A 1990 report on replication by the Charles Stewart Mott Foundation found that successful replications share some common elements: evidence that the initial program is having the desired impact; careful planning; the ability to leverage community support, resources, and dollars; committed leadership; effective technical assistance; and sharing and communication.
Officials of some of the biggest reform networks recently reflected on what their experiences have taught them about "going to scale.''
A Clear Purpose
"Be clear about what you stand for. No one will rally to your flag if you do not have compelling ideas and represent a set of values with which site partners and nonsite partners can identify.''
--From "Getting to Scale: Lessons from the Experience of the National Alliance for Restructuring Education''
It seems obvious. The most successful reform networks are organized around powerful visions of teaching and learning. But how specific--or prescriptive--should that vision be? Bill Honig, the former superintendent of public instruction in California, argues that many school-improvement efforts are "too generic and too caught up in trivial issues.''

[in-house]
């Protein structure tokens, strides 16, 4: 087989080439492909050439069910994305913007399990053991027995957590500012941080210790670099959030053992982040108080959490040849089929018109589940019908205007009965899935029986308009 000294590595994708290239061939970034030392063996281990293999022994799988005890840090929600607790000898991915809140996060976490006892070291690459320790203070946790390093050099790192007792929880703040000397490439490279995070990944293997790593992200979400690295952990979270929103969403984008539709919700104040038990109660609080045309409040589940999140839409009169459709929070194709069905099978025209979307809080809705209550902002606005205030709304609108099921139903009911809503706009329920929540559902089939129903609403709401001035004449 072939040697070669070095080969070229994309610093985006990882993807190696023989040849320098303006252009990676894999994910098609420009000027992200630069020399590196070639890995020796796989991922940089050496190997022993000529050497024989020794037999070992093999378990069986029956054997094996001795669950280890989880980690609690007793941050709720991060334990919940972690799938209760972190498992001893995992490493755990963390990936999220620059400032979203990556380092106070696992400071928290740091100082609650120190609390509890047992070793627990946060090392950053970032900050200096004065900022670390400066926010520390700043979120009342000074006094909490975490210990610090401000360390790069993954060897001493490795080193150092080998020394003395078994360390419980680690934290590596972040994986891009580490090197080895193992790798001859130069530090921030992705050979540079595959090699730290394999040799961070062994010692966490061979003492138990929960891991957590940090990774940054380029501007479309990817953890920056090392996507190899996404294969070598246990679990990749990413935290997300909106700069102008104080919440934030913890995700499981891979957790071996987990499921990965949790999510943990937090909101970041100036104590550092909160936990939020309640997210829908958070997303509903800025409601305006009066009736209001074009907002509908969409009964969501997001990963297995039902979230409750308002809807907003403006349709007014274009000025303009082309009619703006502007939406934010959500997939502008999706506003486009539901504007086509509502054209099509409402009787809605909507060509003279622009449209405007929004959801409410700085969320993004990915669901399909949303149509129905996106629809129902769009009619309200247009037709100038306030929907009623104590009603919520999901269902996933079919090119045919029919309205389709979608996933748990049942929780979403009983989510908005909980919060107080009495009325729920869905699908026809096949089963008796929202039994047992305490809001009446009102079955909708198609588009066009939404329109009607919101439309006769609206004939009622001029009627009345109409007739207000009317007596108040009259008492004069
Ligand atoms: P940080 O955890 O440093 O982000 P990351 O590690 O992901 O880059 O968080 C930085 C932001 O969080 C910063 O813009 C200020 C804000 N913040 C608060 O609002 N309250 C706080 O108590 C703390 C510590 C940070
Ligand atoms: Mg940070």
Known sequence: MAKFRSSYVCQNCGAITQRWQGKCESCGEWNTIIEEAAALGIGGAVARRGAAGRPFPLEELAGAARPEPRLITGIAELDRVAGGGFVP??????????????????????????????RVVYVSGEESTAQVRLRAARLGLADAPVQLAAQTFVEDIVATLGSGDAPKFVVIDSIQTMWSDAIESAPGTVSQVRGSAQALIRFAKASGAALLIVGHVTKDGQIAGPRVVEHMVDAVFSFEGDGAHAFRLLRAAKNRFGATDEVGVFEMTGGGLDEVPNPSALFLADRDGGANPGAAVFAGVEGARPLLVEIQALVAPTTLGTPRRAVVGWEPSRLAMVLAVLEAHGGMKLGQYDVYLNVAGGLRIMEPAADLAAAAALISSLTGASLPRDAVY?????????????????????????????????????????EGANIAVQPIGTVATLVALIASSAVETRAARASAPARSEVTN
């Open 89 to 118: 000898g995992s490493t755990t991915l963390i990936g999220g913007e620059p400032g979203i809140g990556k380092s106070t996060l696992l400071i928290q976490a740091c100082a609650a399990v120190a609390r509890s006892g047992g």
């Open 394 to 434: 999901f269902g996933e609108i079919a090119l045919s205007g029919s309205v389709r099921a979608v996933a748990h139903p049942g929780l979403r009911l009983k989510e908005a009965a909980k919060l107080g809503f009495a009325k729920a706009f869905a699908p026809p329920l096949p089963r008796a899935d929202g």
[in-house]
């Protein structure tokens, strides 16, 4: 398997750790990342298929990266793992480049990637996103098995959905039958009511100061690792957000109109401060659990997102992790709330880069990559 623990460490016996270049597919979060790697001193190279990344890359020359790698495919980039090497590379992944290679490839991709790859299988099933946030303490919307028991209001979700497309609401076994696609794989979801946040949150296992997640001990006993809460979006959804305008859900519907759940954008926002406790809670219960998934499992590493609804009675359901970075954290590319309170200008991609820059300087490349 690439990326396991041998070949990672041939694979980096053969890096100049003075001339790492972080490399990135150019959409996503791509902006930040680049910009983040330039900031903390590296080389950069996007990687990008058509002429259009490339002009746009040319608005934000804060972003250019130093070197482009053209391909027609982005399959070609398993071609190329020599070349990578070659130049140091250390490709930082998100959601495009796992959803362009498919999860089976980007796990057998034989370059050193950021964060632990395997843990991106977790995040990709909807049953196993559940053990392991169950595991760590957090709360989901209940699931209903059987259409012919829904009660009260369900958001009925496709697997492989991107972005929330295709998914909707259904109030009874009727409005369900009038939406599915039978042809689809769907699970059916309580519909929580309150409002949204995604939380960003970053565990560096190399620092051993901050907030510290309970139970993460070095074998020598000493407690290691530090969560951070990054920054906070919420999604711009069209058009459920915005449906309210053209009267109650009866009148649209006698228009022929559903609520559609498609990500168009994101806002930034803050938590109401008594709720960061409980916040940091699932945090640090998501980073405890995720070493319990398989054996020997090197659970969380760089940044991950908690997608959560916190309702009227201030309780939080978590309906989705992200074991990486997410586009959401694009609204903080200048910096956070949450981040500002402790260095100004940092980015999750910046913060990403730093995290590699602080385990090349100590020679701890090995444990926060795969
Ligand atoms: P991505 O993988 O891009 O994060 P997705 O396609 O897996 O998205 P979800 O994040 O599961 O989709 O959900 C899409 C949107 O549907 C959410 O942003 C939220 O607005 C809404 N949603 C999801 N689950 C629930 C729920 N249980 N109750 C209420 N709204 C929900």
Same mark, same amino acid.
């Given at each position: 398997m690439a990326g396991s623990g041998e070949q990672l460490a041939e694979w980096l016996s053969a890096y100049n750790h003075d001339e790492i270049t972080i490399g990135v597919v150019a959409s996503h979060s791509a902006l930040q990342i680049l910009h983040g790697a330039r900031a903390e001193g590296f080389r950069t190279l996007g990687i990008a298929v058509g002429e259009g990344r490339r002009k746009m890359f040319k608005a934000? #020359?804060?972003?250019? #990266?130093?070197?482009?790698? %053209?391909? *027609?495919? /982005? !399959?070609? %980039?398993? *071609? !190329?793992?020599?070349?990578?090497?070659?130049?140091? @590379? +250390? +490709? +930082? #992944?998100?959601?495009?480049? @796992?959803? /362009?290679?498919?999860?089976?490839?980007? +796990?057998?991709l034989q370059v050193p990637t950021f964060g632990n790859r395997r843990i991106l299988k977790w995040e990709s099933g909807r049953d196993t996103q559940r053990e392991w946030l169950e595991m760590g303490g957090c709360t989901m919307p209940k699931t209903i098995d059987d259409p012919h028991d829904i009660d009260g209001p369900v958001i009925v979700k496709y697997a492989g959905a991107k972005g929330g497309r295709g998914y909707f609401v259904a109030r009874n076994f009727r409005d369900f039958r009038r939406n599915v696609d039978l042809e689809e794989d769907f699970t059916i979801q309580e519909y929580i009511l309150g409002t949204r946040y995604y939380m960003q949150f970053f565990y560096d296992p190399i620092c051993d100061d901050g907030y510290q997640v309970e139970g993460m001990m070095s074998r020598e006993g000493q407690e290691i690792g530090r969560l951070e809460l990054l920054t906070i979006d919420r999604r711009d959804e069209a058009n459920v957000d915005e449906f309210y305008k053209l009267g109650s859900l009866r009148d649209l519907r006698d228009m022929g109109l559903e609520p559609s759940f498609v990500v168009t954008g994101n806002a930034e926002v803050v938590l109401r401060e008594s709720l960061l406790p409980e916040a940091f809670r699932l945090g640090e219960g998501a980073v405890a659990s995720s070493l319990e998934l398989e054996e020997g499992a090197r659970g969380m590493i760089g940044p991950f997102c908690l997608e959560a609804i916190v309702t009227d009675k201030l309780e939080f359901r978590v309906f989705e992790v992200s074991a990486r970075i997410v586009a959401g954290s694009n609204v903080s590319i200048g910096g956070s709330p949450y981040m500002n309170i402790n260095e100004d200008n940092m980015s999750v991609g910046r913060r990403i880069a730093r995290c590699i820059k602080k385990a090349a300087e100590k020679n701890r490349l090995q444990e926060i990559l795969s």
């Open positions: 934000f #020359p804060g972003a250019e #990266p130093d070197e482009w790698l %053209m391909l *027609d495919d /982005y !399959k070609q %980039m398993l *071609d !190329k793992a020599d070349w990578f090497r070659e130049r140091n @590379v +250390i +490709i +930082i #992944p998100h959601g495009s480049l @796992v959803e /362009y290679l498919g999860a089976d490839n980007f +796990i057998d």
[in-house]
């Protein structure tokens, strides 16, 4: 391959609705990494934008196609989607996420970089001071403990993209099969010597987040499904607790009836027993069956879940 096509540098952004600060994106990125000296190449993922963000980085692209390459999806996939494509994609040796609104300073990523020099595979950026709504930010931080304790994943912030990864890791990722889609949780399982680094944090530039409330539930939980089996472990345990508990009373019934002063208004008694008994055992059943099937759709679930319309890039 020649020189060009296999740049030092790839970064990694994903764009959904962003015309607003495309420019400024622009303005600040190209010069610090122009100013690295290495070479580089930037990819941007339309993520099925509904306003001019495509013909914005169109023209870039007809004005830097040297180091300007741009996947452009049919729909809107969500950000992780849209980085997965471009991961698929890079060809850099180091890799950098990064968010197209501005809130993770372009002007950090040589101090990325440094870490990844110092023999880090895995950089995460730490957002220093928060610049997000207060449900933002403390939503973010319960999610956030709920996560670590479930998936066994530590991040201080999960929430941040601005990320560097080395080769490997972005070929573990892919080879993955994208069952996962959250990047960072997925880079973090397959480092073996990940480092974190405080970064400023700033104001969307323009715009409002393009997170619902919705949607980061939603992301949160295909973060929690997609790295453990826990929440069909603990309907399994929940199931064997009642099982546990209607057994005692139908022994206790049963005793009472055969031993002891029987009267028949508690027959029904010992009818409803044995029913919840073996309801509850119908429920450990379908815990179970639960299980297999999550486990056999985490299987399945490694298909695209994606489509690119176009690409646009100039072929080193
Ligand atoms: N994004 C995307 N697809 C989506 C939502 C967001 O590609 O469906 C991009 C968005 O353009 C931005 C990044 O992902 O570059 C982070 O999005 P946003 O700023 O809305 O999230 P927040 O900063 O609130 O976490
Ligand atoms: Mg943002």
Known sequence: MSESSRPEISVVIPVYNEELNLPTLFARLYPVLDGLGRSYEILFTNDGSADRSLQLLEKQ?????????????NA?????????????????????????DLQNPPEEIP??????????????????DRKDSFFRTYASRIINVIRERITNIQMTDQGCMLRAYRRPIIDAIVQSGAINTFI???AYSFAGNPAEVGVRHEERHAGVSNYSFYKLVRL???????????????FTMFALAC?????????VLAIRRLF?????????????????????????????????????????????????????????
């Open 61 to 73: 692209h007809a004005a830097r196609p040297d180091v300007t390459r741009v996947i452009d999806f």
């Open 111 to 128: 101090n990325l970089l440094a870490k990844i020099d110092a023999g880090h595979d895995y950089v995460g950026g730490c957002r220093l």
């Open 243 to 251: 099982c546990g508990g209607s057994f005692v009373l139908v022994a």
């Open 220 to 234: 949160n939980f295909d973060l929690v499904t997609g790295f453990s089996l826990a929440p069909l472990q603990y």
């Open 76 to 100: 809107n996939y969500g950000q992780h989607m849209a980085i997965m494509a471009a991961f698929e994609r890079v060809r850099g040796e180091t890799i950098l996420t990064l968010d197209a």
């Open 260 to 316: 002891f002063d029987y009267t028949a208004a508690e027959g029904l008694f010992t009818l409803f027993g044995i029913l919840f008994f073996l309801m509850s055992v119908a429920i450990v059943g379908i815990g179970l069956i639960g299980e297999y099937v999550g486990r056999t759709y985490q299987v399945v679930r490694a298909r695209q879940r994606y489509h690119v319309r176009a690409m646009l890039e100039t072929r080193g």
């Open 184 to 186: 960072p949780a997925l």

"Part of the problem is design,'' he asserts in the June issue of Phi Delta Kappan magazine: "Reforms are not typically organized around improving teachers' knowledge of content or enhancing their ability to collaborate to improve instruction. Á The lack of sophisticated curricular and instructional focus has plagued state and district restructuring initiatives, as well as such highly publicized national efforts as James Comer's School Development Program, Henry Levin's Accelerated Schools, and Theodore Sizer's Coalition of Essential Schools. Evaluations of these efforts show that only a few schools have undergone the radical curricular and instructional changes necessary to produce significant improvement in student performance.''